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  • Thanks a ton for sharing slide. Disc herniations can result from general wear and tear, such as when performing jobs that require constant sitting, herniations can result from jobs that require lifting, Traumatic injury to lumbar discs commonly occurs when lifting and benting at the waist.
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  1. 1. SPINE<br />Prolapseintervertebral disc<br /> Spinal Stenosis<br />Spondylosis<br />Spondylolysthesis<br />spondylolysis<br />
  3. 3. In PID, gelatinous nucleus pulposus squeezes through the fibres of the annulus fibrosusand bulges posteriorly or postrolaterallybeneath the posterior longitudinal ligament<br />Causes: Herniation of intervertebral disc, senile degeneration of disc, obesity, sudden jerk, sprain, trauma to spine.<br /> History of: Over-straining of lumber spine, lifting weight, violent coughing, sudden stooping or twisting.<br />
  4. 4. Because intervertebral disc are largest in the lumbar and lumbosacral region, where movement are consequently greater, posterolateralherniation of nucleus pulposus are common here.<br />Common site: disc at L4/L5, L5/S1 , L3/L4(rare)<br />
  5. 5. Types of herniation (Anatomy)<br />posterolateral disc herniation – <br />protrusion is usually posterolateral into vertebral canal, compress the roots of a spinal nerve<br />protruded disc usually compresses next lower nerve as that nerve crosses level of disc in its path to its foramen (eg.protrusion of fifth lumbar disc usually affects S1 instead of L5)         <br />central (posterior) herniation:<br />in the lower lumbar segments, central herniation may result in S1 radiculopathy<br />less frequently, a protruded disc above second lumbar vertebra may compress spinal cord itself or or may result in caudaequinasyndrome<br />lateral disc herniation:<br />may compress the nerve root above the level of the herniation<br />L4 nerve root is most often involved & patient typically have intense radicular pain<br />
  6. 6.
  7. 7. CLINICAL FEATURES<br />Young adult<br />Back pain – Location: in lower back, radiates to gluteal region, back of thigh, calf, foot ; worse by: flexion (bending forwards) movement, coughing, stooping, turning, walking ; better by: rest, extension.<br /><ul><li>Compensatory scoliosis</li></ul>Symptoms depend on the structure involved and degree of compression: <br /><ul><li> pressure on ligament – backache
  8. 8. pressure on dural envelope of the nerve root – severe pain referred to the buttock and lower limb (sciatica)
  9. 9. pressure to the nerve itself – numbness, parasthesia,and muscle weakness
  10. 10. Compression of caudaequina – urinary retention</li></li></ul><li>Signs<br />Midline tenderness of the low back<br />Paravertebral muscle spasm – compensatory scoliosis<br />Straight leg raising test (SLR) +ve<br />Sciatic strecth test +ve<br />Cross SLR maybe +ve<br />Femoral strecth test maybe +ve (indicate prolapse at L3/L4)<br />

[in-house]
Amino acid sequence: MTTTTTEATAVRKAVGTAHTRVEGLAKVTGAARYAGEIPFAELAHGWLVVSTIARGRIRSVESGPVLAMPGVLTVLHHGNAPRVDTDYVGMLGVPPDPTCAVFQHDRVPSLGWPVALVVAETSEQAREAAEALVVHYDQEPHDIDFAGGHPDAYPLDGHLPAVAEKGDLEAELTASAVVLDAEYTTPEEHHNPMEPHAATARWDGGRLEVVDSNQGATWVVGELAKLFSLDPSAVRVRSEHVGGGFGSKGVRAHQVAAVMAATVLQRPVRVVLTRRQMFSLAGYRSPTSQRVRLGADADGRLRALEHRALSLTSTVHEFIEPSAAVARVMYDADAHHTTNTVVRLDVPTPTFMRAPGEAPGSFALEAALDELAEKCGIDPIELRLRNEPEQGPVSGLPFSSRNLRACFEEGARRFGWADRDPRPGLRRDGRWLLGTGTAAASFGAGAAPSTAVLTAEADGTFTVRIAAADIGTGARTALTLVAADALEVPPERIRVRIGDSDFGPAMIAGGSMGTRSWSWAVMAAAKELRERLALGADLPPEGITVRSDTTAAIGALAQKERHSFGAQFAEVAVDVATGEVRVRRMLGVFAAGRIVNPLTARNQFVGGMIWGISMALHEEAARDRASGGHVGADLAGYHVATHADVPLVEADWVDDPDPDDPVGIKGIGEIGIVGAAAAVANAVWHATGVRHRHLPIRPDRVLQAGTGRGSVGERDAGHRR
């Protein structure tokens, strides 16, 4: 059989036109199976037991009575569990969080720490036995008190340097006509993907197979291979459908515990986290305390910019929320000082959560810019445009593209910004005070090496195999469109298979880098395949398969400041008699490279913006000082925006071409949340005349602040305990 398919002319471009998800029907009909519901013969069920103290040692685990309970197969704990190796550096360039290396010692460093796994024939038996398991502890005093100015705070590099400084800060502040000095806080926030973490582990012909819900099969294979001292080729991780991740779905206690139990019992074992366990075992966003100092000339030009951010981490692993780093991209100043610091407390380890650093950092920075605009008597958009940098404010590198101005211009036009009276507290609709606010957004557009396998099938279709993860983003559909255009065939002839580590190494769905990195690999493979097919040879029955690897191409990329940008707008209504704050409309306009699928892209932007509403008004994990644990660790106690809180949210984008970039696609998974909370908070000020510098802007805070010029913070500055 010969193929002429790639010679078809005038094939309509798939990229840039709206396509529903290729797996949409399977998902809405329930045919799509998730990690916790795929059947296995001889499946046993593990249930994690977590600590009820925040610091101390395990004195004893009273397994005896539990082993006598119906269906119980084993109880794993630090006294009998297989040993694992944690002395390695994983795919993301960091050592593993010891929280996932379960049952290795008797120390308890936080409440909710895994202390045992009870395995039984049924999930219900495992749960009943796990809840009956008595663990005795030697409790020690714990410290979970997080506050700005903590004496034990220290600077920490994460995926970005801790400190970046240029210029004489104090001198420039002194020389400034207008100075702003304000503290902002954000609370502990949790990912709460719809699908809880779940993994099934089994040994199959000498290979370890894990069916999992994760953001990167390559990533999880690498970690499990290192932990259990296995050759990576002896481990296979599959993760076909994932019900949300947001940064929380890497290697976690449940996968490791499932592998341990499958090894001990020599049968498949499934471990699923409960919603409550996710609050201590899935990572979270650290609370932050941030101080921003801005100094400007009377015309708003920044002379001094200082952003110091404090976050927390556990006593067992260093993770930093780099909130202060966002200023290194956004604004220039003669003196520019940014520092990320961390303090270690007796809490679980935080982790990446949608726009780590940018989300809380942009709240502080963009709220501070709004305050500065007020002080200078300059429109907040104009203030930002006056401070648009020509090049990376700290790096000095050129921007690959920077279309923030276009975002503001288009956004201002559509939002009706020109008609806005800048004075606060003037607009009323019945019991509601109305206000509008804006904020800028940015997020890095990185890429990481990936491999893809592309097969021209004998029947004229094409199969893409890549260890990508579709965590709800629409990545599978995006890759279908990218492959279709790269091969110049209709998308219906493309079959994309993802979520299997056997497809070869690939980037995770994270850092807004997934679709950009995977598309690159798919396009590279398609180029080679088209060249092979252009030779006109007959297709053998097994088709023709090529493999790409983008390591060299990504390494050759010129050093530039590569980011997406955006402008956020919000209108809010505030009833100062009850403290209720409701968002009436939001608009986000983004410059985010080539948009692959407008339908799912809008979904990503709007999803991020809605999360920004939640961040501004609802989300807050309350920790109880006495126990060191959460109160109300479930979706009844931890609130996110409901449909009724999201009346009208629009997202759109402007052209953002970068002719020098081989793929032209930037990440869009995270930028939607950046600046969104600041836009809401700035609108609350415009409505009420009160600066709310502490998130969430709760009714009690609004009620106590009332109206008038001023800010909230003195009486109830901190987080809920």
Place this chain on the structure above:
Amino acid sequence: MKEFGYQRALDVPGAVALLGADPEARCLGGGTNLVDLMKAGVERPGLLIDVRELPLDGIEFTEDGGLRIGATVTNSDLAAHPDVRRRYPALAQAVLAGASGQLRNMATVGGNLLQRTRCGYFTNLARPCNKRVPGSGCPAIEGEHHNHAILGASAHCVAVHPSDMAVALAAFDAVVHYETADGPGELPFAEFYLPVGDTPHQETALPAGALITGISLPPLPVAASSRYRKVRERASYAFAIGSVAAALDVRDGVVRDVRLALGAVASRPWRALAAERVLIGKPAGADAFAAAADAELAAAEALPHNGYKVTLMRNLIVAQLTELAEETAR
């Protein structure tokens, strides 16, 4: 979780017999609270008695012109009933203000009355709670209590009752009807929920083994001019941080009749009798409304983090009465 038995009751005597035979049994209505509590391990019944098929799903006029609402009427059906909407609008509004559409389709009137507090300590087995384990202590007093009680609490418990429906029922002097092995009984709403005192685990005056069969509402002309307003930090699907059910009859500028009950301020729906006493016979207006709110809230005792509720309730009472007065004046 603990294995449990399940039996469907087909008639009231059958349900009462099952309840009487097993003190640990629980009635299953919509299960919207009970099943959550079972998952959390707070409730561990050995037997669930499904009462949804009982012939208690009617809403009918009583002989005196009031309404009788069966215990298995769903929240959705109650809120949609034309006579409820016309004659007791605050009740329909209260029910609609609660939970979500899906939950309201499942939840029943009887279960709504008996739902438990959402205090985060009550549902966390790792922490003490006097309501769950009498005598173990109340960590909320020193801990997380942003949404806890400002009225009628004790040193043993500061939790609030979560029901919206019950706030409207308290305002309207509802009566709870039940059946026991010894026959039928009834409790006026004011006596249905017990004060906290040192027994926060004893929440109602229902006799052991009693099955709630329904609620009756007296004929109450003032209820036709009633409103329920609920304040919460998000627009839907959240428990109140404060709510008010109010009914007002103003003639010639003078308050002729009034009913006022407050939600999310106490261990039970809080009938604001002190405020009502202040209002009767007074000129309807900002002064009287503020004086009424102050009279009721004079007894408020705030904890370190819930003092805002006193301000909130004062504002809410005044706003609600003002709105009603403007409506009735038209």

11. 11. Investigation<br />X-Ray : lumbo-sacral spine<br /> • Narrowed disc spaces.• Loss of lumber lordosis.• Compensatory scoliosis.<br />CT scan lumber spine<br /> • Outline of soft tissues.• Bulging out disc.<br />MRI lumber spine<br /> • Intervertebral disc protrusion.• Compression of nerve root.<br />
  12. 12. Management Rest, Reduction, Removal & Rehabilitation<br />Conservative<br />Heat therapy, NSAIDs<br />Bed rests – During Acute attack<br />In severe cases- traction is applied to leg or pelvis, provided there is no cord compression.<br />Reginmobility gradually.<br />Advice on spinal postural<br />Restrict jerky movements, avoid forward bending, lifting weight, reduce weight if obese.<br />Operative<br />Indication : <br />Caudaequina syndrome does not clear up within 6hours of starting bed rest and traction <br />( emergency!)<br />Failed of conservative treatment<br />Neurological deterioration<br />Frequently recurring attack<br />Nerve decompression- Laminotomy+Diskectomy<br />(through post approach between adjacent vertebral laminae, dural sac is retracted to one side and bulging disc exposed. The friable partially shredded material is removed. )<br />
  13. 13. SPINAL STENOSIs<br />
  14. 14. Definition : Narrowing of spinal canal results in cord/root compression.<br />Causes:<br />Congenital stenosis - Idiopathic, osteopetrosis, achondroplasia<br />Spine degenerative - OA- narrowing spinal canal d/t hypertrophy of facet and ligflavum associated with osteophyte.<br />Spine instability - supporting lig torn/ stretched from severe back injury- bone move forward<br />Disc herniation<br />Degenerative spondylolisthesis- decreases its AP diameter <br />Trauma<br />
  15. 15. CLINICAL FEATURES<br /><ul><li>Elderly – late 5th / 6th decade
  16. 16. Back pain - worse by extension, relieved by sitting/ forward leaning
  17. 17. Numbness and paraesthesia in thighs, legs or feet
  18. 18. Spinal (neurological) claudication
  19. 19. Neurological symptom exercebrated by walking / standing</li></li></ul><li>Differentiating claudication<br />
  20. 20. Investigation<br />Lateral view XRAYs- Look for degenerative changes like spondylolisthesis, disc degeneration and disc height lost with osteophytes formation<br />CT scans (with myelogram): canal narrowing<br />MRI: evaluate cord/ root compression, extent of spinal cord narrowing<br />
  21. 21.
  22. 22. Management<br />Conservative: Control the symptoms<br /><ul><li>activity modification
  23. 23. Physiotherapy - Instruction in spinal posture, flexion exercise
  24. 24. Analgesia - NSAIDs, epidural injection